Public Lands Heroes - Rooted Rock

Photo: Portugal. The Man

How Grammy-Winner Portugal. The Man Is Making a Difference With Its New PTM Foundation

Maybe it’s their roots in Alaska. The band Portugal. The Man, whose hit single “Feel It Still” won a Grammy Award in 2017, has a special connection to the outdoors. Frequent escapes into the natural world—camping between gigs and sneaking out for fishing trips via packraft—manifest in their music as well as their work to create a larger movement beyond it. They recently formed the PTM Foundation to help protect our planet’s precious places and the people who grew up using those lands.

The nonprofit supports Indigenous communities, mental health, environmental issues, and disability and human rights by donating concert proceeds to grassroots organizations devoted to these causes. The foundation also fosters community involvement, advocacy, and philanthropy through a grant program, all in an effort to make the world a better place. The Native American Music Awards and the National Congress of American Indians certainly noticed the activism, honoring the band with a 2019 Legend Award and a Public Sector Leadership Award, respectively.

Public Lands caught up with band co-founders and frontmen John Gourley and Zach Carothers after a pair of September shows in Pennsylvania (including the Public Lands grand opening of the store in Cranberry Township, outside of Pittsburgh) to hear more about how they sustain these complimentary outdoor, creative, and humanitarian interests.  

PUBLIC LANDS: What was the inspiration for the PTM Foundation?

JOHN GOURLEY: It started with land acknowledgements. We wanted to give some visibility to Native and Indigenous communities, which morphed into the foundation. From growing up in Alaska, you understand that if you're on the coast and you need to survive, you're talking to Tlingit people. If you’re up north, it’s Inuit. If you’re in the central areas, it’s the Athabascan language group. We needed these people to survive in the outdoors and do the things we enjoy doing today, and that's been lost in the last hundred years. We wouldn't know how to grow corn if it wasn’t for these folks, we wouldn't know our relationship with these lands. So the foundation is about bringing back some of that knowledge.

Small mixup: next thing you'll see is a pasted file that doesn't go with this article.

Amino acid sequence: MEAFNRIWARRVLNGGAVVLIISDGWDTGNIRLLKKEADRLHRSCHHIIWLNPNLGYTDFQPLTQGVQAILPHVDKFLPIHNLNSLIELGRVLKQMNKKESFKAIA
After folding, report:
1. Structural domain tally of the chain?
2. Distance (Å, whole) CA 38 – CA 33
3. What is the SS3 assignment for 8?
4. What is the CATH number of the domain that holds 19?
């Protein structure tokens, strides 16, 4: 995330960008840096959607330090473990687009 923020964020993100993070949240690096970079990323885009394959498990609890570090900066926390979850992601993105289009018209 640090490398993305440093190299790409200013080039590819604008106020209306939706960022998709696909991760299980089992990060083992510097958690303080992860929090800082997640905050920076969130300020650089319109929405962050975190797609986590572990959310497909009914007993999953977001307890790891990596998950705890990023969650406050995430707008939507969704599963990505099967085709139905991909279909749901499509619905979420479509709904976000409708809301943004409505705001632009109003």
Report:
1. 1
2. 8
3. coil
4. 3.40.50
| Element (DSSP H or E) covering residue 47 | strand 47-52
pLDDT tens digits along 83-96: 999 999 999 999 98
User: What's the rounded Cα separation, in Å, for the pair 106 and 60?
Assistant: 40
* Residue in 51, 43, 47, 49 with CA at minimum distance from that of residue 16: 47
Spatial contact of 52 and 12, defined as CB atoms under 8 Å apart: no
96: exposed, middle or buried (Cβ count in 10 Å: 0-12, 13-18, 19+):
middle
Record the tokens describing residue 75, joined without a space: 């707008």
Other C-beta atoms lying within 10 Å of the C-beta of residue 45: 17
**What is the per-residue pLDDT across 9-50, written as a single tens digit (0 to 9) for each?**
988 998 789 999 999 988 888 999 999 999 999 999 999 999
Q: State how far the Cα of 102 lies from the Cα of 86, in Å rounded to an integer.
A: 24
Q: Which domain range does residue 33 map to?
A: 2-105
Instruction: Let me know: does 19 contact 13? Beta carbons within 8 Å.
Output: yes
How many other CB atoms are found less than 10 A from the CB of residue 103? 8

ZACH CAROTHERS: The foundation helps support anything that hits close to home for us and aligns with our values. Among other things, it’s designed to elevate Indigenous voices and community resilience, but also help get youth back connected to land and protecting both water and our planet. So much can be learned through the teachings of Indigenous voices.

How did growing up in Alaska help?

JG: Alaska was the last stop for colonialism. The damage is so surface-level there. You can still see the cuts and the wounds—they’re not even scars yet. And it was growing up around the idea of subsistence, which is taking what you need to survive from the earth, not the grocery store. That’s still how a lot of these communities live.

ZC: As with most Alaskans, when you want something done right you do it yourself. So, we started our own foundation to support the causes we believe in. We’d been wanting to do it for a long time, but we’re artists so it’s hard. We launched it right when COVID started. Since we weren’t doing any shows then to help support it, it taught us how to think outside the box with regards to fundraising and partnerships. We now have an amazing network of partners helping with it. We do a lot of benefit shows and work with a bunch of different nonprofits. We probably have 75 or so different projects in the works, some big and some small, all helping elevate awareness of these issues. 

Zachary Scott Carothers paddles a raft while fishing Photo: Portugal. The Man

And what about your newfound love of packrafting?

JG: I've gotten into it over just the last few years, through friends I grew up with back home. I grew up going down to the Kenai River in Cooper Landing—that's where my love of rivers really started, watching massive king salmon runs.